1. Ben Alford · · Reply

    Nice explication. Have you weighed in on the episteme (knowing that) versus techne (knowing how) dichotomy and how it relates to Turing Machines anywhere on this blog?

    1. Thanks for the question. I will address this topic in a separate article. I will let you know when it is out.

  2. I like the term “Wissenschaft” to replace “science” or “sciences” in certain contexts…we English speakers require so many more words and qualifications to express it. I’m kind of surprised it hasn’t entered the English language in the way “Weltanshauung” has. (Maybe it’s making headway somewhere?)

    While I think reductionism has its place pragmatically speaking, I’ve never been a reductionist. As you say, there’s always something left out—by definition—and this bothers me. Your metaphor of reducing your blog posts is an interesting one. As you say, the drive to knowledge will reveal that the content relies on much more, and this history will continue expanding.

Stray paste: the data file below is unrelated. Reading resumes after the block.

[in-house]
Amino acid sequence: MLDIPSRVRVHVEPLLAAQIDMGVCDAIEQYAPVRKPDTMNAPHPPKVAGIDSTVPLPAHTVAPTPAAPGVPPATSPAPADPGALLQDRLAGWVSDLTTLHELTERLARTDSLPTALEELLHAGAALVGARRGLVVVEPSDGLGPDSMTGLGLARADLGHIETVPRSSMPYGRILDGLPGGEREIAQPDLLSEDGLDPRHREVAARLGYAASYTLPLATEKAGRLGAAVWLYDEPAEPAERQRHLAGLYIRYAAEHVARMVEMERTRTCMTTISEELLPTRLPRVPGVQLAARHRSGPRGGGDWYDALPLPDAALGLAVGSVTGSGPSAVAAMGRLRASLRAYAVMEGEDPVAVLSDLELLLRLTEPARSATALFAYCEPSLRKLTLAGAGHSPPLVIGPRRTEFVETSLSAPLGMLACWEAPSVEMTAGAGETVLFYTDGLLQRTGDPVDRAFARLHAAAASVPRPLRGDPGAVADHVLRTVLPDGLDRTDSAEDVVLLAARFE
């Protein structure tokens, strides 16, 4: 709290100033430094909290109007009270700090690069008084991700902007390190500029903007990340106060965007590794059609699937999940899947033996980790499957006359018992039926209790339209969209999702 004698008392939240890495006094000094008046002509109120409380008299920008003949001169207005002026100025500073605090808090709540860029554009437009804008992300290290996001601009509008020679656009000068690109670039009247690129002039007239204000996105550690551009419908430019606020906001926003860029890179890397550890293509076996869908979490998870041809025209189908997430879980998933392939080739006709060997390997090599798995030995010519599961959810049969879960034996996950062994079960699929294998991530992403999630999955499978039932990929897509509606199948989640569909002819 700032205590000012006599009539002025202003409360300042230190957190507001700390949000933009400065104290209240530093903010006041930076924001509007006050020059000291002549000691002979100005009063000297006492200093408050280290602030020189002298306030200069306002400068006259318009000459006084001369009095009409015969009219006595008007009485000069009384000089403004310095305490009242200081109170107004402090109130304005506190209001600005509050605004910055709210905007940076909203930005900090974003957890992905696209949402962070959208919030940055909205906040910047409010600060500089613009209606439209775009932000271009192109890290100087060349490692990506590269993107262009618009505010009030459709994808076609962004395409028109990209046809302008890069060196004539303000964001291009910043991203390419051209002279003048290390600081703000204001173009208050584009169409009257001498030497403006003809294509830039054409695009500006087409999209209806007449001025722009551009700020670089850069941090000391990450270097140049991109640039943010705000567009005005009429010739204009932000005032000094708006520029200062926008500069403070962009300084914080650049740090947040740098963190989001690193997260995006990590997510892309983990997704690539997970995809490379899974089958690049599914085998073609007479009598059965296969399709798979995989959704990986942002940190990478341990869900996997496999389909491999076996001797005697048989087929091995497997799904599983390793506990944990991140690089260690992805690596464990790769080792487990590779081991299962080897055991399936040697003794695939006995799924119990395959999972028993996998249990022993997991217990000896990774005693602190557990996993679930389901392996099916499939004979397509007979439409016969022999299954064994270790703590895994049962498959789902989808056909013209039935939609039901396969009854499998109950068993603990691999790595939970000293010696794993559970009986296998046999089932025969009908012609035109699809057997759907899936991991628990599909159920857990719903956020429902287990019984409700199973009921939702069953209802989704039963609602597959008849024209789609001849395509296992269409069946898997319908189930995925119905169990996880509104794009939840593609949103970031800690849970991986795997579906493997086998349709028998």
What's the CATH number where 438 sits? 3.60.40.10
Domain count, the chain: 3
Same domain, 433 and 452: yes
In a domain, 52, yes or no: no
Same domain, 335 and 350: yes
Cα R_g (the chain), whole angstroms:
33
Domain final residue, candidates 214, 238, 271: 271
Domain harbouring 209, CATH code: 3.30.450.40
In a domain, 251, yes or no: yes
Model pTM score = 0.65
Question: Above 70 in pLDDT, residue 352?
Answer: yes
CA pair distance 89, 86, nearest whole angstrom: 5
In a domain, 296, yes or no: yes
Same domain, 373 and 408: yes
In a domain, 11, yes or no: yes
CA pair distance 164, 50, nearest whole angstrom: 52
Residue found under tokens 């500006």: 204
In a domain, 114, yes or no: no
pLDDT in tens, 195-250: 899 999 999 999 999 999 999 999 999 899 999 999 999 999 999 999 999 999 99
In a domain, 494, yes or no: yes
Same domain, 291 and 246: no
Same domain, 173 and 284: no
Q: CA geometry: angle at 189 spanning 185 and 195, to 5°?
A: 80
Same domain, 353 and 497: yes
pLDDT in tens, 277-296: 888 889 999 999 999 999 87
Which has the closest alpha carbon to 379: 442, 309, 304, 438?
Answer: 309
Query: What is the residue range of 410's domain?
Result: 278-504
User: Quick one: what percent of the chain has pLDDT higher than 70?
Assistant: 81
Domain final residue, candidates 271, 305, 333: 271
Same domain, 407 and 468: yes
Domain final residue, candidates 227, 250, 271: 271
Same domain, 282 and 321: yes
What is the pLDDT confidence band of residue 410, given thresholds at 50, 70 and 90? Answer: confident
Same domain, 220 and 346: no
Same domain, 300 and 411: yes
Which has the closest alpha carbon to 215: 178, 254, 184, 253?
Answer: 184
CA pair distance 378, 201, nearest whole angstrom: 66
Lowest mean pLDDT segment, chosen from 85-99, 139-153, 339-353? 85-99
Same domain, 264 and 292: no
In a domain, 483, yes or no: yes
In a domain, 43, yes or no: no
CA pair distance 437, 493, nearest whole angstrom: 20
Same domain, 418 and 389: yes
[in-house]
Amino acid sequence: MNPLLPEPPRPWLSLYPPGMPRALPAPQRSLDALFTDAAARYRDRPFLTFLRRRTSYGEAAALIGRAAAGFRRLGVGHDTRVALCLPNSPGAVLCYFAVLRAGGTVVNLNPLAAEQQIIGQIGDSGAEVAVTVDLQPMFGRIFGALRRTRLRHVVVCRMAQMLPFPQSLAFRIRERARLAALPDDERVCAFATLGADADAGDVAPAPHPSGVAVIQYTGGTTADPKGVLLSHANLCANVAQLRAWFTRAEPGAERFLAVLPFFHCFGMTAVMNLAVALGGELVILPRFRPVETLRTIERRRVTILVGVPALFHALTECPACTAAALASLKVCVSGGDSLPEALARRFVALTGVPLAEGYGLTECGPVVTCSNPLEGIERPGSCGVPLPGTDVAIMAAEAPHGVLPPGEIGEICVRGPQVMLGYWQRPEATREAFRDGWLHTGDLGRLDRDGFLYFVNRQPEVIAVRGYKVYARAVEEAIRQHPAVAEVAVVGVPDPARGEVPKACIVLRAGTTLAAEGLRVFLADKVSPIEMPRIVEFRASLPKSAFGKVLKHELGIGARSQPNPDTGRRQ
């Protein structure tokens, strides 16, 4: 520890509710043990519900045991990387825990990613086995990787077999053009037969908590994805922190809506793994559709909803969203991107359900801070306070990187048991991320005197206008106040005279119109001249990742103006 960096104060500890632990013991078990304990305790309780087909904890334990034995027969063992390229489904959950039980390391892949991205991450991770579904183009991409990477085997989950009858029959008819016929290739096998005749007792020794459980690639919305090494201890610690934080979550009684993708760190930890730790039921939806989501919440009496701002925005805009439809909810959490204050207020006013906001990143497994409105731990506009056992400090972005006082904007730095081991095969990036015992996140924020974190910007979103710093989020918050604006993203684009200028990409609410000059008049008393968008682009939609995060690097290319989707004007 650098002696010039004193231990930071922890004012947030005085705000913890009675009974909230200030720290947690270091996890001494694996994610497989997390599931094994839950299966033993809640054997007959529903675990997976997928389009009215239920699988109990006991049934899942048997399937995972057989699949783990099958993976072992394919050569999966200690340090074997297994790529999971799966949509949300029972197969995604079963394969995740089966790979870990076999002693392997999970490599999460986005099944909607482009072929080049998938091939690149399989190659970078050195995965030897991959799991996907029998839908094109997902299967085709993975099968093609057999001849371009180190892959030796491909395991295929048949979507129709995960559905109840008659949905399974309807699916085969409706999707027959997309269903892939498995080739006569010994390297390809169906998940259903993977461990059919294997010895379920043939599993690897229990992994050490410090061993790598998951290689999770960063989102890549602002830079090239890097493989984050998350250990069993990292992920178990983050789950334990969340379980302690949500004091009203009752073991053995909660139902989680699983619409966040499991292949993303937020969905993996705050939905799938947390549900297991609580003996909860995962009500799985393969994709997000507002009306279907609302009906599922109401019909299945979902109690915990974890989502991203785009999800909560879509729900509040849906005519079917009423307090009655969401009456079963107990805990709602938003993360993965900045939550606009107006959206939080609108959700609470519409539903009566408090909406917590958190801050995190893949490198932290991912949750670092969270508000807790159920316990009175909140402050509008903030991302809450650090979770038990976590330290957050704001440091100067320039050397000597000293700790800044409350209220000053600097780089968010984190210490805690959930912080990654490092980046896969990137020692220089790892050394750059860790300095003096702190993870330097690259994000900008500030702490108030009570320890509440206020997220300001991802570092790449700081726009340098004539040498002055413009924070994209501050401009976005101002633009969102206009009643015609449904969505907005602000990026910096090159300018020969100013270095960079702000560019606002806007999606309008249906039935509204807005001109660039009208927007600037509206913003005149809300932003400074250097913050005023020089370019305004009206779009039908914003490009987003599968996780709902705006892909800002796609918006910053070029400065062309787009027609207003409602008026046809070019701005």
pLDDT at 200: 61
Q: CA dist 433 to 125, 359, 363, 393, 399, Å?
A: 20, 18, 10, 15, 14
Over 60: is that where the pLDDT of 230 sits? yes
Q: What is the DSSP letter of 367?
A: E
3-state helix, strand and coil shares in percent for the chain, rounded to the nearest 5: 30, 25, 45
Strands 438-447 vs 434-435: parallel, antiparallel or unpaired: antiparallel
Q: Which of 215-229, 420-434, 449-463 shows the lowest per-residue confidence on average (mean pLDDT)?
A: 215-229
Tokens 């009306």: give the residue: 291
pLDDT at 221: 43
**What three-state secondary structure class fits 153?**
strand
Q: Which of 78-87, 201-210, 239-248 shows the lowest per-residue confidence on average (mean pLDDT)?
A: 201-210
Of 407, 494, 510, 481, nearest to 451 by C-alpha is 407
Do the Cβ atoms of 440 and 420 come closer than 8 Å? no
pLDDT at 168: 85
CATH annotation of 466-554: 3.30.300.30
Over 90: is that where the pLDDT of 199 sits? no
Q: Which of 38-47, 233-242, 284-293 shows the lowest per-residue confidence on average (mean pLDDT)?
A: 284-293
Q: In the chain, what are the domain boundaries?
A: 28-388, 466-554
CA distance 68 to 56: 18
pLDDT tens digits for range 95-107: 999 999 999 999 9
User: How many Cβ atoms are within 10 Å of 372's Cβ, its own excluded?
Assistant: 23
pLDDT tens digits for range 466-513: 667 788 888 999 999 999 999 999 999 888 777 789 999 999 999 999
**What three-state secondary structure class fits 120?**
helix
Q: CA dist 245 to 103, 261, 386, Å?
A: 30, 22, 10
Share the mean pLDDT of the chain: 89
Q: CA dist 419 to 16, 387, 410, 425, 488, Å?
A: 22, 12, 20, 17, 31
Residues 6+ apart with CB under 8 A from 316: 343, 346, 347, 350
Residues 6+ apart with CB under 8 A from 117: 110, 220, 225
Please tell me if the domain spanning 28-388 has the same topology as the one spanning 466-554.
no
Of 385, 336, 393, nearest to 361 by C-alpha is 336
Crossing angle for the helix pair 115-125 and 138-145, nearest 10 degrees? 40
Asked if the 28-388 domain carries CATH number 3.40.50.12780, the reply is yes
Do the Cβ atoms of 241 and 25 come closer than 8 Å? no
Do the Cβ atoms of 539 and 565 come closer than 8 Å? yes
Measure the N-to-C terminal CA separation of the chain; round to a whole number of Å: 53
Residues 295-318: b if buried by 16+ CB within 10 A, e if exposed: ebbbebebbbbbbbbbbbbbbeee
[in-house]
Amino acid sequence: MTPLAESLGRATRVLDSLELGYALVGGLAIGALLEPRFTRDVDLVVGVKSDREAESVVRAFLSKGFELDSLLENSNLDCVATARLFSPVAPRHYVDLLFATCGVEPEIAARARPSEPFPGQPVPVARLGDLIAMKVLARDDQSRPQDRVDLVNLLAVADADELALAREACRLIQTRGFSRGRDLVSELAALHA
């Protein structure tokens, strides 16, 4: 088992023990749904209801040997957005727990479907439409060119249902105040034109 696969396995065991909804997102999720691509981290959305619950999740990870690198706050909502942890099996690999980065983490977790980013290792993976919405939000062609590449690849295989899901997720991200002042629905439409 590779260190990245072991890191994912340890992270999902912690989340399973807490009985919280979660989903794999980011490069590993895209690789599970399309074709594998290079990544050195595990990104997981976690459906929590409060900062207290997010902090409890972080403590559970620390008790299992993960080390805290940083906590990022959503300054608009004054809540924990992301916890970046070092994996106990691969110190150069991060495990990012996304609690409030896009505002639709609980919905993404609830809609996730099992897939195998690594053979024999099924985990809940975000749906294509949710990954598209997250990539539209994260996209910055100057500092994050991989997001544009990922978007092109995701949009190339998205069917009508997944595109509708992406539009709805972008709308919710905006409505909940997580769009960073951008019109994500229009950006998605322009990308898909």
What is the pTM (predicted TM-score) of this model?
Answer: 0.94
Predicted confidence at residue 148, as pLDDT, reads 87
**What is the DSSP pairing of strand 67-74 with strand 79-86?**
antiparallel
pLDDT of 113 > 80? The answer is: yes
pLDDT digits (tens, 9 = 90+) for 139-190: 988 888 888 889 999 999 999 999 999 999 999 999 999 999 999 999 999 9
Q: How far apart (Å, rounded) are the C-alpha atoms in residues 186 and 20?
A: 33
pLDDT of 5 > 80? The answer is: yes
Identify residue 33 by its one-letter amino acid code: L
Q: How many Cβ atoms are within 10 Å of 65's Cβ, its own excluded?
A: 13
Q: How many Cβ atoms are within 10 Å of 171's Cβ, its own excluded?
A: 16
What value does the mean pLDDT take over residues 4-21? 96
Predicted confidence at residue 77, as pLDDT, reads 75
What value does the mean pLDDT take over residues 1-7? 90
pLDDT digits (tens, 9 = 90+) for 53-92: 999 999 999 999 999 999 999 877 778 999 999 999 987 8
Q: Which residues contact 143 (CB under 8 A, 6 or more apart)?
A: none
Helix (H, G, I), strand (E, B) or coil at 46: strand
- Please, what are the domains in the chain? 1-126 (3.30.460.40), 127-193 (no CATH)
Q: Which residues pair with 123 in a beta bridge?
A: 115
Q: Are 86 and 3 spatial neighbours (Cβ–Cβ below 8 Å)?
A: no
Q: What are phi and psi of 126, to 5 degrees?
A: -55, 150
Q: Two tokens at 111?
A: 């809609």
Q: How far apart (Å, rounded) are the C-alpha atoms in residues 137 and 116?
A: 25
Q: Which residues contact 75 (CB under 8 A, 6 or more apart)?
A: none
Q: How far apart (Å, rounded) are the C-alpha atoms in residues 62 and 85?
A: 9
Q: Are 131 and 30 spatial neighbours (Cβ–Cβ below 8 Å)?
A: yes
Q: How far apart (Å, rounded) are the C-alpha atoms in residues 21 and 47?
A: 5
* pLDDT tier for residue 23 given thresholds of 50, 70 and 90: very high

Eager to read your post on techne and episteme.

  3. […] one comment to my previous post, the question of “episteme (knowing that) versus techne (knowing how)” was brought up. […]